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How to Create Post Production SFX Using Propellerhead Reason

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When working in post production for film and television, gaming and other types of media, sound effects are half the picture. There are many sound effect libraries available on the market these days and although the sounds can be of high quality, getting into the routine of dragging and dropping sounds from libraries can take all the creativity out of the production process.

Even with great microphones to capture original recordings, finding the time and the means to record many types of sounds can be difficult, especially when deadlines are tight in post production. By using synthesis and sampling, a wide array of sounds can be designed without having to leave the studio. The challenge of designing sounds through synthesis keeps the creativity flowing and having a unique sound layer in your productions can be very rewarding work.

Step 1: The Initial Patch

For this tutorial I will be creating the basis of an underwater atmosphere using the 'Thor' synthesizer and the 'NN-XT' sampler in 'Reason'. It is recommended that you have a basic understanding of synthesis and sampling before reading on.

When you first create a 'Thor' synthesizer, initialize the patch so that the 'Analog Osc' is in oscillator 1. The patch will also contain default envelopes and a 'Low Pass Ladder Filter' inserted at 'Filter 1'. Change the first oscillator to 'Noise' and bypass 'Filter 1'. Noise oscillators can be used to create a vast amount of textures and they're great to start with when first designing sound effects.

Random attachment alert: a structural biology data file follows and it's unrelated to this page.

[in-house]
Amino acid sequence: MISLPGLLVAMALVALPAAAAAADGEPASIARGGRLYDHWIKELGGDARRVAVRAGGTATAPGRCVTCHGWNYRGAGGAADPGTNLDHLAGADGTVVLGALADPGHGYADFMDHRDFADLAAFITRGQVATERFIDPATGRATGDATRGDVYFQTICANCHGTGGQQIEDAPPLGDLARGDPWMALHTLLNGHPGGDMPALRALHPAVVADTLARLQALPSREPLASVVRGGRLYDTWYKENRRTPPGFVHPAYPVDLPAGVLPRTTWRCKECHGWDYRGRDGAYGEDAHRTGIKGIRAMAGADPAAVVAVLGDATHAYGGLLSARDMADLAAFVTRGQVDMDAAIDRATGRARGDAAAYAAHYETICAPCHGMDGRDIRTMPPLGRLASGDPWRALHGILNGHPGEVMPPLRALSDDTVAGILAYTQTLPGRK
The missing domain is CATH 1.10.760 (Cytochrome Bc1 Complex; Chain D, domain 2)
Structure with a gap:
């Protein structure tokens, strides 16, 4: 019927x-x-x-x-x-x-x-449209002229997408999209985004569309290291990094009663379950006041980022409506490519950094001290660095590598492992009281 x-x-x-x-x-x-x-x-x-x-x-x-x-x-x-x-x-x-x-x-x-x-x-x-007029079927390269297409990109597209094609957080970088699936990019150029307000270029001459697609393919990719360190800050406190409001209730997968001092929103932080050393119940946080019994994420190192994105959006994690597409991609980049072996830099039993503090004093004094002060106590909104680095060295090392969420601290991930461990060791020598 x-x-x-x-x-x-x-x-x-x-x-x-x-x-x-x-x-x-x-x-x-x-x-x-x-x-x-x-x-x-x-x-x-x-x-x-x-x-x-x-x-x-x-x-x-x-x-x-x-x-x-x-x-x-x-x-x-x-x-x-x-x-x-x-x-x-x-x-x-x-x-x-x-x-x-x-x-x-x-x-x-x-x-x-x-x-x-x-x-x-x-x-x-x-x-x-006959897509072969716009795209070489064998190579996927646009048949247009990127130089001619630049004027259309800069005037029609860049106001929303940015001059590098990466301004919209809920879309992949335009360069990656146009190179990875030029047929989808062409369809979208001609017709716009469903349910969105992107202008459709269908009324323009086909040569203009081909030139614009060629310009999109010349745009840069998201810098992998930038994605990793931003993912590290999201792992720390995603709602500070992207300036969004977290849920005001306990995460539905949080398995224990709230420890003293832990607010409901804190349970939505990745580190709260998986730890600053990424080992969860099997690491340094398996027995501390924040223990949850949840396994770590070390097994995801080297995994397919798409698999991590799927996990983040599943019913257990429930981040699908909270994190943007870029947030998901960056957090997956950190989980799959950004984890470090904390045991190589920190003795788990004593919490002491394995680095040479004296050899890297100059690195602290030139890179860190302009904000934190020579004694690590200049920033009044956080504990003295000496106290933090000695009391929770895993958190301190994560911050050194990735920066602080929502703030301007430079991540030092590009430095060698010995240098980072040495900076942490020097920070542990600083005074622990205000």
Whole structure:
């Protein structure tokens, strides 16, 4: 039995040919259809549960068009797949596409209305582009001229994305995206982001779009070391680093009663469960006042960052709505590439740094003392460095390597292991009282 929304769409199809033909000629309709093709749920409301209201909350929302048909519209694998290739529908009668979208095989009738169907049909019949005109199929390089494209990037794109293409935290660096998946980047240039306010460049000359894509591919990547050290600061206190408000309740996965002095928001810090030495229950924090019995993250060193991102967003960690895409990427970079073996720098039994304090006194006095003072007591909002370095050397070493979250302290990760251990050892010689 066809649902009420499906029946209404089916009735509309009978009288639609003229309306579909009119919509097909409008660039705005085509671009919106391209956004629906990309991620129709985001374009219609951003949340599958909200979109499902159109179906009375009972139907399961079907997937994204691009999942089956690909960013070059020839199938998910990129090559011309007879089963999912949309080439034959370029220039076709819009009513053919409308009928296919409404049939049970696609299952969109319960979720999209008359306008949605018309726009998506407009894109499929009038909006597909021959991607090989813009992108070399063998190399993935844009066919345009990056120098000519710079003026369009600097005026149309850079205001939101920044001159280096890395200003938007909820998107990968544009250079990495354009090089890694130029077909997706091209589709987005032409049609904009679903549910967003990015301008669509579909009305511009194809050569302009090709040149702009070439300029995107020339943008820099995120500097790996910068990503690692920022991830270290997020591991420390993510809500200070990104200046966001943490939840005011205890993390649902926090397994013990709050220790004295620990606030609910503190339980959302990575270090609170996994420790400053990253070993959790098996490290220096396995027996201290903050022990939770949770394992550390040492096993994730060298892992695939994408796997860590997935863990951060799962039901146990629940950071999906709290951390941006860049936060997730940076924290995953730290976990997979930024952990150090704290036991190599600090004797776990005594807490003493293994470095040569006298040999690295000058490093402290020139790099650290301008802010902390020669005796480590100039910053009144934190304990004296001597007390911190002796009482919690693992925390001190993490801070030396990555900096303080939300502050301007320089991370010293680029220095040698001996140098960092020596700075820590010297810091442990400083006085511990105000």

The basic patch using a noise oscillator

By drawing a note in the piano roll editor and playing back the sequencer we can hear the basic sound of the initial patch

Step 2: Shaping the Sound

Notice the envelope of the sound. There is a very fast attack, quite a long decay, a low sustain level and a very fast release. To create our ocean atmosphere, we want the sound to build up gradually to full amplitude and then decay slowly once the key is released.

The Amp Env settings

The type of noise being used at the moment is 'White', which contains a greater amount of energy in the higher range of the frequency spectrum. By changing the type of noise to 'Band', we can adjust the range or band of frequencies that are audible using the 'Noise Mod'. At the lowest setting, a near pure tone is produced and at the highest setting, full on noise again.